Some crypto scammers reportedly forge online relationships with their victims — through dating apps like Tinder — so that they can then be separated from their money.
According to a report published earlier this month by The San Francisco Examiner, techies in Silicon Valley have been hit hard by crypto scammers. The report features Cy, a Bay Area real estate analyst who lost $1.2 million in a crypto scam. Cy told the outlet the criminal went so far as to end the two-month correspondence by saying, “Now you’re going to have to kill yourself.”
Cy, who checked himself into a local psychiatric unit, said of the scam:
I lost more than money. I’ve lost my confidence. I ruined my family’s life.
The report claims Cy was the victim of a type of online crypto scam known as “pig slaughtering” or “pig slaughtering” — “sha zhu pan” (杀猪盘) in Chinese — in which the victim is “fattened” via a “pig slaughter.” ‘ becomes prolonged as the criminal establishes an online relationship with the target. The victim is then tricked into giving away their cryptoassets or money.
An FBI spokesman told The Examiner:
The San Francisco FBI department has noticed an increasing trend in romantic scammers convincing individuals to send money to invest or trade cryptocurrencies.
According to the report, the FBI estimated that 24,000 Americans collectively lost more than $1 billion to love scams in 2021. An investigator from San Francisco-based cybersecurity firm Sift found a similar trend, with one in 20 messages on a dating app being linked to a scam.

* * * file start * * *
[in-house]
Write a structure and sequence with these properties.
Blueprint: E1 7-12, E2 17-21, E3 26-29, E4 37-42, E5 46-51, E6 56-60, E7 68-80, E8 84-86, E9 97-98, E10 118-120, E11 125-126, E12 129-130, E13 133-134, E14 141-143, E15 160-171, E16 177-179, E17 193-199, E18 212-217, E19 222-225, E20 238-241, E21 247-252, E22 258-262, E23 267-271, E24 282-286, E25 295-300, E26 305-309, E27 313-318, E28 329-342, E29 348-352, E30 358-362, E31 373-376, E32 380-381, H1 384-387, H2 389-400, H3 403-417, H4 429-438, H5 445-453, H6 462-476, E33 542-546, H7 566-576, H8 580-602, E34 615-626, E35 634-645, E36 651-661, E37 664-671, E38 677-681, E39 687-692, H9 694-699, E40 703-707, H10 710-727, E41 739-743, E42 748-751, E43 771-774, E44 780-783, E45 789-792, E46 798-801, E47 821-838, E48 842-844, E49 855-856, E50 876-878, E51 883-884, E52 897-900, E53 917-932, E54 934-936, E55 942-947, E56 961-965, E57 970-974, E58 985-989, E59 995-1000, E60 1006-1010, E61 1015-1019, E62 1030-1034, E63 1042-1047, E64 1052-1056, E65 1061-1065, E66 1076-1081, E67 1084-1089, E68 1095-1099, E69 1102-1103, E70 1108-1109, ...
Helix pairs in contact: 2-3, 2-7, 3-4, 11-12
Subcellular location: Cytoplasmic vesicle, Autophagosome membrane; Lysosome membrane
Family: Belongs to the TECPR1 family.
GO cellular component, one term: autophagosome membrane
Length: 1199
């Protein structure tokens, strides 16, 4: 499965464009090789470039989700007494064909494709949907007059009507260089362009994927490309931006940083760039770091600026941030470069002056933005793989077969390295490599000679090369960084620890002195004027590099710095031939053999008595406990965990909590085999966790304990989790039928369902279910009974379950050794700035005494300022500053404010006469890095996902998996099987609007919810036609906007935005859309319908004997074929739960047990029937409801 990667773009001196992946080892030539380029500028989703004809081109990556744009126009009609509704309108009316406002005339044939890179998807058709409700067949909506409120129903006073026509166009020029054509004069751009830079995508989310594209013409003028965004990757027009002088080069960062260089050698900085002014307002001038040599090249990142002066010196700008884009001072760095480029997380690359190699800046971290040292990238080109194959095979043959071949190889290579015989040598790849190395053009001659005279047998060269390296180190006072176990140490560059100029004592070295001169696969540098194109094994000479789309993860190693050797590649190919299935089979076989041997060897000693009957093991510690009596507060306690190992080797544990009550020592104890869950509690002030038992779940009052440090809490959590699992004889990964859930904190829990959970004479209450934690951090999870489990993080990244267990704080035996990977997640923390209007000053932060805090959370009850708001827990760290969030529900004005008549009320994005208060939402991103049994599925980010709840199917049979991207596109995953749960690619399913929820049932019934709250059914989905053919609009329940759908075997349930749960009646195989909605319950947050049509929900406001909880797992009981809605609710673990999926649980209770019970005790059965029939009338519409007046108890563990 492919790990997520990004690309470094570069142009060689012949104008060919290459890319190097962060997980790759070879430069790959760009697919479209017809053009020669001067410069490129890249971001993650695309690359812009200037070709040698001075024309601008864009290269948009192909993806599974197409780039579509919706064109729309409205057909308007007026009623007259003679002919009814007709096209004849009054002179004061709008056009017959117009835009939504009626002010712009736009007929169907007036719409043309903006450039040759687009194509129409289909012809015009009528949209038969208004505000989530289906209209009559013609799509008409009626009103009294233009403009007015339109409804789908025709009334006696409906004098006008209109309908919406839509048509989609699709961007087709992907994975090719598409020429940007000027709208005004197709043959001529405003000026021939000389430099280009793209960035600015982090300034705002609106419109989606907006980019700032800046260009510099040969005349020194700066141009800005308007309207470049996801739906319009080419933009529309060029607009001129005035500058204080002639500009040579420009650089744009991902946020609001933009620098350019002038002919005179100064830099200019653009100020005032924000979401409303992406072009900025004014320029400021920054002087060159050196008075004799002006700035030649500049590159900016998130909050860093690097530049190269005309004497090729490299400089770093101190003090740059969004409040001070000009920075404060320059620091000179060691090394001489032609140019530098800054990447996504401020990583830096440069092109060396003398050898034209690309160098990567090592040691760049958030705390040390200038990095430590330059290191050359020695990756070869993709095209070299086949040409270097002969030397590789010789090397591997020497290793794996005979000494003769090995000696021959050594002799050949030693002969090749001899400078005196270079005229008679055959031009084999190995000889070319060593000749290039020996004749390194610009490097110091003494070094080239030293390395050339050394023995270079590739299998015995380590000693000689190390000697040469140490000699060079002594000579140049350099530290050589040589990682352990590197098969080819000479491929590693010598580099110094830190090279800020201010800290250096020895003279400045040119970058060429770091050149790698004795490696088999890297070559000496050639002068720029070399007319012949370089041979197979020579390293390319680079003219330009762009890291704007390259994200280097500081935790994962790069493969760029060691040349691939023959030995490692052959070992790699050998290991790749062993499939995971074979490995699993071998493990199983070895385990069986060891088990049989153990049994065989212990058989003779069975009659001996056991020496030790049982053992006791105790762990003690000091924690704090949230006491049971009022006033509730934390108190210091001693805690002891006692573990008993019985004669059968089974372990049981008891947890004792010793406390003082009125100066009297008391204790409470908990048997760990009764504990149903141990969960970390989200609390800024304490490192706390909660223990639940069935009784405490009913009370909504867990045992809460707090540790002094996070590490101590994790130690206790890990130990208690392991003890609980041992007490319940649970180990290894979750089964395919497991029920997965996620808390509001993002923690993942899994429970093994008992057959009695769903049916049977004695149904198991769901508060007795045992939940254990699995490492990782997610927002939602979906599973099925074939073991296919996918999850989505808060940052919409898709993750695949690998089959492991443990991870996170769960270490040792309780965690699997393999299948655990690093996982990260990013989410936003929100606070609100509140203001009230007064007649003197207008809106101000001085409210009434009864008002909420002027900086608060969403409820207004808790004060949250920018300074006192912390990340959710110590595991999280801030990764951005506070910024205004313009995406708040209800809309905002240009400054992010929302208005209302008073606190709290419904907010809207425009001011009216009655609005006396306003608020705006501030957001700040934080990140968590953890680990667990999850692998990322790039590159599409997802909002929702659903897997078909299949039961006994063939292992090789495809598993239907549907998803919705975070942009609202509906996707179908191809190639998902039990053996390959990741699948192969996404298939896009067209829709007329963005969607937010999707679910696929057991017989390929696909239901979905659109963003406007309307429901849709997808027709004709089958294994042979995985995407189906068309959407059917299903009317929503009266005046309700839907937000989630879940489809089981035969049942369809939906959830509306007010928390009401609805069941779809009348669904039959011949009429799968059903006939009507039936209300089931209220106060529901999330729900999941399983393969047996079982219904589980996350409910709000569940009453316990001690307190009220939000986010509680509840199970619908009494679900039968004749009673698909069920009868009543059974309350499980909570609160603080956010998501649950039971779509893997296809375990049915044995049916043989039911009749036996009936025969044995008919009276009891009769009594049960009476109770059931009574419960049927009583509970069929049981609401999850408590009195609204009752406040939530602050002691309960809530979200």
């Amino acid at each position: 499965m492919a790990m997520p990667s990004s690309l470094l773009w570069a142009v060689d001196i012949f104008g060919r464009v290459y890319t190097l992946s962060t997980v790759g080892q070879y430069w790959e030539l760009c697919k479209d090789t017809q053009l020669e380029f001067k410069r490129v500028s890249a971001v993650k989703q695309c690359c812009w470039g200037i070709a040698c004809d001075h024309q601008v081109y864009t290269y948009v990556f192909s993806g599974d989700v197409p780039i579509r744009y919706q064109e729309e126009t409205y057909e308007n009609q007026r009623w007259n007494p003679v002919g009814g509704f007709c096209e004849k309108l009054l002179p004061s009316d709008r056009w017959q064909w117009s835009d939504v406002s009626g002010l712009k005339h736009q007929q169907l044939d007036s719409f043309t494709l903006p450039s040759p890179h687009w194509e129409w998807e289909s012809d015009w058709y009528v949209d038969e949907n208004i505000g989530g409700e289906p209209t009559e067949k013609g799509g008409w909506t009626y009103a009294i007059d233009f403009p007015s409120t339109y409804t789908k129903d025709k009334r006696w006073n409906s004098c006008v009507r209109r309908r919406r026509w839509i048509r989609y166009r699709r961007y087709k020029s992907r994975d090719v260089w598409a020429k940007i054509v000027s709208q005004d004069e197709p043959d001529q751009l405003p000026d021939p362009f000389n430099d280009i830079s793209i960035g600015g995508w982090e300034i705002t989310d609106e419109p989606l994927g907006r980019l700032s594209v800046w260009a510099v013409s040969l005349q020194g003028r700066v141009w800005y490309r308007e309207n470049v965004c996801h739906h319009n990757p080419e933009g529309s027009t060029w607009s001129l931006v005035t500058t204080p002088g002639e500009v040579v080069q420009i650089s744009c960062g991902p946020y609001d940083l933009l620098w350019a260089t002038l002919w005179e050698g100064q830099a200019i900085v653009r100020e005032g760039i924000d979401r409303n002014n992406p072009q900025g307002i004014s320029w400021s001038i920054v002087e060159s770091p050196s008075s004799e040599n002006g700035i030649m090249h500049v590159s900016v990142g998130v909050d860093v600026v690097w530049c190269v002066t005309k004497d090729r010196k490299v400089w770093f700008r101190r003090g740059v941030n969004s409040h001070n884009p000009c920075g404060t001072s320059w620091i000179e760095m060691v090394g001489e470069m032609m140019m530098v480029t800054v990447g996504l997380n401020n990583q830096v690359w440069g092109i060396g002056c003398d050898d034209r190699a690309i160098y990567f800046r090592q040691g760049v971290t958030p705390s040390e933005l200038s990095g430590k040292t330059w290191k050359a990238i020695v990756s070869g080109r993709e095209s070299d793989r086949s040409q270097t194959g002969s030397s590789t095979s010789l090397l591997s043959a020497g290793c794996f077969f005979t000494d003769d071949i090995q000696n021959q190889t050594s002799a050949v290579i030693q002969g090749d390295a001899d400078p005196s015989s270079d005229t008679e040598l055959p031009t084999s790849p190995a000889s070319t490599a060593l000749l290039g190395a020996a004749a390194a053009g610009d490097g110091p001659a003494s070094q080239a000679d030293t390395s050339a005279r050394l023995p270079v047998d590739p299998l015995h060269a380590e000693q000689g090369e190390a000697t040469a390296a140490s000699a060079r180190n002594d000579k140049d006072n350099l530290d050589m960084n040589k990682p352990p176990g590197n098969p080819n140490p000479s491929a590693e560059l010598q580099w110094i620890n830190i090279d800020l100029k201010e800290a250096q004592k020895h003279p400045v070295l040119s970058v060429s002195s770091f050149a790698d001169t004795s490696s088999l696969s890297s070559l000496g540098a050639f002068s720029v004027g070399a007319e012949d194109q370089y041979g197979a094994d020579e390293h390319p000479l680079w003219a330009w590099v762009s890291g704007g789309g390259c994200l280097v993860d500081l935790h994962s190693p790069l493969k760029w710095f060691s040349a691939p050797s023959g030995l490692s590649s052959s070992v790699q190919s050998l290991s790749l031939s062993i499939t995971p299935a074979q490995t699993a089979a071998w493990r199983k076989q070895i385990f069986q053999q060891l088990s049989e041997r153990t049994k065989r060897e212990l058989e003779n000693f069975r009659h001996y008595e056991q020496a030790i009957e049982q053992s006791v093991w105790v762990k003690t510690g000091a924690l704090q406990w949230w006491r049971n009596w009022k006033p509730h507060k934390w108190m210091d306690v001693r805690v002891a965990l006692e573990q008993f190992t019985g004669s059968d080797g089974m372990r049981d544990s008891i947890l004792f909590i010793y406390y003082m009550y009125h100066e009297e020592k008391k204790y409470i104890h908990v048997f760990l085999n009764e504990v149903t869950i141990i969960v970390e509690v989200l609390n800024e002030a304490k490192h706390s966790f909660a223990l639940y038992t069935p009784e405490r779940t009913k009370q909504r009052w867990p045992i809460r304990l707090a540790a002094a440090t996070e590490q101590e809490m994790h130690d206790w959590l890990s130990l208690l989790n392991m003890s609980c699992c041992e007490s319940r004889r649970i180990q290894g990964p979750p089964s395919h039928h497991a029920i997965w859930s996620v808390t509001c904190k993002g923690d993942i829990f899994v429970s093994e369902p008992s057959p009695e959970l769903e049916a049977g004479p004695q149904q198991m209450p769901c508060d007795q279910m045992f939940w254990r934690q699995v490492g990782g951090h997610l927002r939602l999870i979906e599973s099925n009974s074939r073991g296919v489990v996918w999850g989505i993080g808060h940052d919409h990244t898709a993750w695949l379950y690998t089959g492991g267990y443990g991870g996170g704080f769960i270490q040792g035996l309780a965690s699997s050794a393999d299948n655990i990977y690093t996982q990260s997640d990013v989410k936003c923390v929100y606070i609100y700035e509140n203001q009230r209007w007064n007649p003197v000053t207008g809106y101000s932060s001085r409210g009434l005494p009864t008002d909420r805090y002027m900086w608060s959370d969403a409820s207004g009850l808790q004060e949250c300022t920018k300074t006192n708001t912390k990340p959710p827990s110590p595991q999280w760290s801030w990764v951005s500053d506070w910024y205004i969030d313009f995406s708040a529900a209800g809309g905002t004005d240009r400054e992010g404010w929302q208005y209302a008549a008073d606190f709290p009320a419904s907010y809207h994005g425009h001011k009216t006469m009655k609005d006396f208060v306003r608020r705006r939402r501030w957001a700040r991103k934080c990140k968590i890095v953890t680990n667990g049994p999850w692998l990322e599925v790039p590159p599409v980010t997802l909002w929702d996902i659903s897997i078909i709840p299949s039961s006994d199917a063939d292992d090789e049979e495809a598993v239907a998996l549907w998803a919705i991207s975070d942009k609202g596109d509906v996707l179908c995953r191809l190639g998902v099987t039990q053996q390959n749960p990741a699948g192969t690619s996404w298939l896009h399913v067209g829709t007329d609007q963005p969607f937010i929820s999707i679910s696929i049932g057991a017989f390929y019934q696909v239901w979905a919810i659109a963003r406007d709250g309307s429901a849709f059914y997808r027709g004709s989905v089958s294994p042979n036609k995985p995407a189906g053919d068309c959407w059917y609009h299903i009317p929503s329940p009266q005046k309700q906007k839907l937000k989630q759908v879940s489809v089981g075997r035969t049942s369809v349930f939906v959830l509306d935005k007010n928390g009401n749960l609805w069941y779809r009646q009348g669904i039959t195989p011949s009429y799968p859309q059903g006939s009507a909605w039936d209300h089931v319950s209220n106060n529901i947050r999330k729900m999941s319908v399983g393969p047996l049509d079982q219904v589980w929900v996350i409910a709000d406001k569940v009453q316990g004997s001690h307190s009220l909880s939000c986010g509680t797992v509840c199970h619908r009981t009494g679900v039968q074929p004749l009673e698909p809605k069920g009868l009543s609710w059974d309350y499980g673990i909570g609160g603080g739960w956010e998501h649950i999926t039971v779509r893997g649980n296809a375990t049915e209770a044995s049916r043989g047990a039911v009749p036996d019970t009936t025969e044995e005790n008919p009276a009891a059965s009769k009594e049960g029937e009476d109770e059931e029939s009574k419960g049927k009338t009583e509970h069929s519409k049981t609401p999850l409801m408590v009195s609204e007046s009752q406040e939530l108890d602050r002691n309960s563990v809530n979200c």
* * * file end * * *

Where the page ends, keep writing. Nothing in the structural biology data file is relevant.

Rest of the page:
Though Cy’s online relationship wasn’t romantic in nature, he still fell victim to romance scammers’ protracted engagement. Grace Yuen of the Global Anti-Scam Organization, a non-profit based in Singapore, called the nature of the scam “psychologically obscure” but not uncommon. She said her organization has helped more than 1,400 victims, including many from the Bay Area.
According to a CoinDesk article, “Cryptoromance scammers aren’t just targeting those who are actively dating through apps like Tinder, Bumble, and Hinge.”
The report goes on to say that “crypto dating scams are not obvious at first” as “crypto dating scammers invest a great deal of time in their victims and maintain a relationship until they feel trust has been established and that.” victim is willing to be exploited.” It was also noted that the scammers “constantly flatter their victim and make him feel good before cheating, just like a farmer fattens a pig before slaughter”.
The CoinDesk report also states that “victims of crypto dating scams consistently report that their online partner refuses to meet them in person or video call them because they are shy and not ready,” and that is the reason being that “scammers use other people’s photos to create realistic online profiles”.
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